Wednesday, March 29, 2006


Old photo helps shipwreck puzzle

March 28, 2006

RYE - The schooner Lizzie Carr capsized in the Atlantic in 1905. It wasn’t until 93 years later that a tourist found the buried hull of the vessel beneath the sands of Wallis Sands State Beach.
What remained of the hull was moved into the Seacoast Science Center at Odiorne Point, and now a photograph of the shipwrecked vessel has surfaced that adds more information on the fate of the schooner.

A photograph of the bow of the schooner was brought to the center recently by Richard Bailey of Gonic. Bailey found the image in a group of glass plate negatives that he purchased through eBay. The envelope that contained it was labeled "Wreck of the Lizzie Carr."

David Switzer, the consulting nautical archaeologist for New Hampshire and the director of the archaeological project that recovered the section of hull structure on display in the center’s Shipwreck! exhibit, was contacted. He had never seen the photograph before.

According to Switzer, the location of the wreck appeared correct based on shoreline features, but when he first examined the picture in company with other photographs taken at the scene, the bow didn’t seem to fit.

"Later, when I re-examined one of the known photographs of the wreckage, the newly discovered photo of the bow suddenly made sense," he said. "I realized that, by the time the Bailey photograph had been taken, most of the wreckage had been cleared from the beach, leaving only the bow as a reminder of the incident."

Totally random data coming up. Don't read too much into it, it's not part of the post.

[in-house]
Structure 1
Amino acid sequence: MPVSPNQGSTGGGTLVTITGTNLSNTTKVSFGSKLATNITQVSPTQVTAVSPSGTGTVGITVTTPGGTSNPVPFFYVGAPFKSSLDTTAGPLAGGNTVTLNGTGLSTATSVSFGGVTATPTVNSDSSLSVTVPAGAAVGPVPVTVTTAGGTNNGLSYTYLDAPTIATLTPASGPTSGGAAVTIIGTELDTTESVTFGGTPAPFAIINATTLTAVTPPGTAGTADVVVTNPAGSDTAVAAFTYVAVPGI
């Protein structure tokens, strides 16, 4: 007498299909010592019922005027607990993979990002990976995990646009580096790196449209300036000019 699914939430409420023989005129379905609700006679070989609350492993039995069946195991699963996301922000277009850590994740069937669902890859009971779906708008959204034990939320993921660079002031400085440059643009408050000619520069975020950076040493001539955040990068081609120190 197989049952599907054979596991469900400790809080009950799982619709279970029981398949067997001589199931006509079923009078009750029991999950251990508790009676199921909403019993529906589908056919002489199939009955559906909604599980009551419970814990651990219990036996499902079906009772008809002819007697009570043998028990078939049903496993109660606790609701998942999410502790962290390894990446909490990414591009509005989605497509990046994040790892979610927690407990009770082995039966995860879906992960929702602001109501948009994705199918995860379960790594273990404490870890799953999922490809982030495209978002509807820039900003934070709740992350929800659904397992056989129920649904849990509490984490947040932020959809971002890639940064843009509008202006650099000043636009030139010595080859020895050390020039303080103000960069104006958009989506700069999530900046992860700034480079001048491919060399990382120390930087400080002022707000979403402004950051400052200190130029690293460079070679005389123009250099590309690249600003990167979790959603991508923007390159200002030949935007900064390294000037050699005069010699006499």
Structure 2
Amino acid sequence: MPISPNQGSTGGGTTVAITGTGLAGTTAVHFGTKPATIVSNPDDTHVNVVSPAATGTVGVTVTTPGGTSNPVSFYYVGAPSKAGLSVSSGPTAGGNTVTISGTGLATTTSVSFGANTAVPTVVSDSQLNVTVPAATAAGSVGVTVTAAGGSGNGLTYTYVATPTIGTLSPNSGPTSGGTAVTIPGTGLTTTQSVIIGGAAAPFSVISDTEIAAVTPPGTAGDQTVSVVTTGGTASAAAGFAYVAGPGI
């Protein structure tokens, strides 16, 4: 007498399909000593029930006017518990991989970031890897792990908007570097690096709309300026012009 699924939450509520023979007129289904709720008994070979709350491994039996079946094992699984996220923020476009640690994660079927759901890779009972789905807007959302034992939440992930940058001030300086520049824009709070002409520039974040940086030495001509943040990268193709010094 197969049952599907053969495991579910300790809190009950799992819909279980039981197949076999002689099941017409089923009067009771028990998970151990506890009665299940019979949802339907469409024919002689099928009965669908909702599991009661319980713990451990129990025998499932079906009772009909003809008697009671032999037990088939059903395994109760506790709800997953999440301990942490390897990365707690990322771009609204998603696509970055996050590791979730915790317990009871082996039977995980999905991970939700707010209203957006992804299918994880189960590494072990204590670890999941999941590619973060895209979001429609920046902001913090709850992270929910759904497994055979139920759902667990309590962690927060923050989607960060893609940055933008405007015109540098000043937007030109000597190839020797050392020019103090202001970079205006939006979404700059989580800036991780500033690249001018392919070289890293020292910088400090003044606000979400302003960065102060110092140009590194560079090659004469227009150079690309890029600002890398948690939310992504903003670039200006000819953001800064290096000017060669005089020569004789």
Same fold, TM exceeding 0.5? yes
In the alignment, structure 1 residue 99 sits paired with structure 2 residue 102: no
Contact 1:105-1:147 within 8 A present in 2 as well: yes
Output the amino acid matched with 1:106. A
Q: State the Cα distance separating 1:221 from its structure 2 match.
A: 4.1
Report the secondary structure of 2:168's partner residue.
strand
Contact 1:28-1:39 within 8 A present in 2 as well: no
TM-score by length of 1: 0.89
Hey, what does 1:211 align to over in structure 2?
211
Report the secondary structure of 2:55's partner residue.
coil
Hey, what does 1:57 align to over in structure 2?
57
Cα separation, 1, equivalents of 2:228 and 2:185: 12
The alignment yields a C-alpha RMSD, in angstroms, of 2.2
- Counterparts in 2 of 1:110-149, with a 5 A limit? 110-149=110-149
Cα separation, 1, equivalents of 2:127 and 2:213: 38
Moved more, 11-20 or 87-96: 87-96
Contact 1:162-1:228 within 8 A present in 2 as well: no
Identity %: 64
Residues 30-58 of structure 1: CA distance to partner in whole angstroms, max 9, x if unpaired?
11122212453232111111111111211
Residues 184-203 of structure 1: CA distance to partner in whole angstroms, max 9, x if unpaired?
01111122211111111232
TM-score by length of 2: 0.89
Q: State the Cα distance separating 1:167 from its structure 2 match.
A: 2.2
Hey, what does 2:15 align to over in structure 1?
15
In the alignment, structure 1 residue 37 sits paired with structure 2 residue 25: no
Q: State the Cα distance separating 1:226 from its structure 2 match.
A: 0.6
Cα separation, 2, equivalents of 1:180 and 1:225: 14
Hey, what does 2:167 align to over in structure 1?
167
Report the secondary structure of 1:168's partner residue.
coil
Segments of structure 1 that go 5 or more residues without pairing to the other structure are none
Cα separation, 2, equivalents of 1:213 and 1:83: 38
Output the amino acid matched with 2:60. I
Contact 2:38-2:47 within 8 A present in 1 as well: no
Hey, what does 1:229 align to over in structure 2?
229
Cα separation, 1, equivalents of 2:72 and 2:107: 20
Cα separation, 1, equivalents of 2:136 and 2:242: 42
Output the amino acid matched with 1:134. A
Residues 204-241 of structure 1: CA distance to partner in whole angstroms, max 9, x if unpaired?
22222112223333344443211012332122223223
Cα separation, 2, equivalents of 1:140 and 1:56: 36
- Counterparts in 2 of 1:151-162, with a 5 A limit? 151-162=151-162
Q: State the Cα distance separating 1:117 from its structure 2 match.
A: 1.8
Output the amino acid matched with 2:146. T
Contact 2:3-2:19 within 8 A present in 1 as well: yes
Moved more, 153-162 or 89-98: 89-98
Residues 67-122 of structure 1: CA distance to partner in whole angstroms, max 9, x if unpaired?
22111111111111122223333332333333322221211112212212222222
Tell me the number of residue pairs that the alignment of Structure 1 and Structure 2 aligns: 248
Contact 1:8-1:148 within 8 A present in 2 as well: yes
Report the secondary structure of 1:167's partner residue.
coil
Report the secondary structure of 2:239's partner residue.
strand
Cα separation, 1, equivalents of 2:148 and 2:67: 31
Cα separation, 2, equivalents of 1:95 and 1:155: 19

The importance of this photograph is that it adds information hitherto unavailable through archaeology and is the only known photograph of the Lizzie Carr taken in Thomaston, Maine. Included in the section of bow is the forecastle deck where a capstan had probably been located (dark circular stain) and later salvaged.

Stretching to the right is the starboard anchor chain, which probably was ripped out of the hawse pipe when the anchor caught hold in the attempt to stop the schooner’s progress toward the beach. The windlass can also be seen.

Switzer also said the new photograph may help to solve yet another mystery.

"In the photo of Lizzie taken at Thomaston (the rightmost photo on the Shipwreck! exhibit panel), you can see a white spot on the transom above the rudder," he said. "It might be a cameo carved into the transom; however, computer enlargements are not clear enough to confirm that the spot might be the representation of a woman’s head and shoulders."

Reinvigorated by this new find, Switzer has contacted the Maine Maritime Museum to secure a negative that can be enlarged. Although such ornamentation was not uncommon on Maine-built vessels, knowing what that spot is will solve another Lizzie mystery.

"Serendipity played a huge role in identifying the wreck in back in 2002," said Switzer. Now it seems that serendipity has struck again!

"Richard Bailey’s eBay adventure has added yet another piece to this archaeological puzzle," he said.


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